April, 23 2020

Laravel Lessons: Routing

Today, we will be learning about Laravel routing as we build our mail sending app.

Routing is about adding paths allows people to access your web application. Yeah, its that simple. We call those paths routes.

Laravel Routes

Laravel has a dedicated folder called routes, which houses all the different kinds of routes that exists in Laravel. If you check the routes folder of our mailing app, you will see 4 routes files. First, let me explain those files.

api.php : This is where you can defined API routes. Every route defined here is automatically prefixed with "\api". Routes defined here are stateless.

Stateless means there is no record of previous request and each request has to be handled based entirely on information that comes with it.

channels.php : This is where you can define broadcasting channels for different events in our application. I usually use this when ever I want to implement realtime stuff, not all the time.

console.php : This is where you can define your own artisan commands. Lately I started using this a lot, usually to do some initial setups. All commands defined here are all closure based commands.

Basically a closure in PHP is a function that can be created without a specified name - an anonymous function.

web.php : This is where you can define the paths that are stateful. Routes defined here are session based. We will be focusing on this file all through this series.

Laravel Route Facade

Laravel route facade is what does all the magic inside the api.php and web.php files. I am going to get a bit more technical so as to me give you an understanding of what a Laravel facade is.

The word FACADE means the one exterior side of a building, usually the front. As we all know the front of a building is always beautiful. This is the same for Laravel Facade. All the code that makes routing to work resides inside illuminate/Routing/ directory but we access them through the Illuminate\Support\Facades\Route facade. This is possible because of Laravel service container(service container is another topic for another day).

Lets take a look at some of the route methods. Almost all the route methods accepts two parameters - the path and a callback(except a few of them).

Route::get('/', function () {
    return view('welcome');

This is the default route defined inside the web.php. This route tells laravel to display the resources/views/welcome.blade.php file when some one hits our base URL. The second parameter is a callback, in this case a function. We can also pass a controller name and function as a callback that will handle the request.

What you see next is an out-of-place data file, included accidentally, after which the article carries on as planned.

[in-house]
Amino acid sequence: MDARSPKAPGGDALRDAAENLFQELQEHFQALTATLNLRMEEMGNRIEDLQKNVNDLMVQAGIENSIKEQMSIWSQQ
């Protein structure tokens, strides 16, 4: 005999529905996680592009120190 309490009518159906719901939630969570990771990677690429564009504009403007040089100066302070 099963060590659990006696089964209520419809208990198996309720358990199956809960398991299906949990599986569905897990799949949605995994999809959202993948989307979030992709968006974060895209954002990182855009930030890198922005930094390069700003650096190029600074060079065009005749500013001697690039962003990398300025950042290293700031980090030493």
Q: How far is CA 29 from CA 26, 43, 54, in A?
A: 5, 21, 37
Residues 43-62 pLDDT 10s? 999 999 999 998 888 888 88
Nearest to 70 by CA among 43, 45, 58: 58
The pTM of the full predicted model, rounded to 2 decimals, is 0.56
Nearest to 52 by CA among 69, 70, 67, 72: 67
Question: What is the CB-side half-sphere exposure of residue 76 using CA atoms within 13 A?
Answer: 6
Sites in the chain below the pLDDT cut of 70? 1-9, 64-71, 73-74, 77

Route::get('/', 'HomeController@index');

This request will be processed inside the index method of the HomeController(we don't have any controller yet). Thats what I call a controller callback :)

class HomeController extends Controller
    function index(){
       return view('welcome');

We all also have other other route methods like post(), put(), patch(), delete() that handle HTTP requests. These methods work just like the get() method.

Route Parameters

Passing variable through the URL is a common thing among developers and the easiest way to do this is by attaching a query string to the URL like this: http://litemailer.test?user\_id=1

In Laravel you can attach a variable to the URL without the traditional query string.

Defining a route with parameter is very simple. The parameter that is part of a route is enclosed inside a pair of curly brackets. Just like this:

Route::get('/{user_id}', function ($user_id) {
    return view('welcome');

We also need to make our function to accept a corresponding parameter $user_id like you saw from the code snippet above. This is all we need to do, Laravel will do the rest for us(magic!).

This is the same thing when we have a "controller callback" with a little difference.

Route::get('/{user}', 'HomeController@index');

Inside our HomeController class, our index method will accept the corresponding parameter. Like this:

 function index($user_id){
     return view('welcome');

LiteMailer Routes

Now we know the basic routing mechanism in Laravel, lets setup the routes we are going to use for the next lesson.

In the next lesson, we will setup the frontend of our mailing app. We will need a Landing page, add email page and a send email page. We are going to need three routes and we already have one. Lets get to work...

Our web.php file should look like this:

Route::view('/', 'welcome');
Route::view('/email/add', 'add-email');
Route::view('/email/send', 'send-email');

Let me explain. The view() method is an equivalent of the get() method but the second parameter is a string variable not a callback. This string variable is the name of the view we want to display. This method doesn't need a callback function or a "controller callback".

Our next lesson will be about VIEWS & LAYOUTS.


You can drop your question on the comment section, send me a DM on twitter or send an email.


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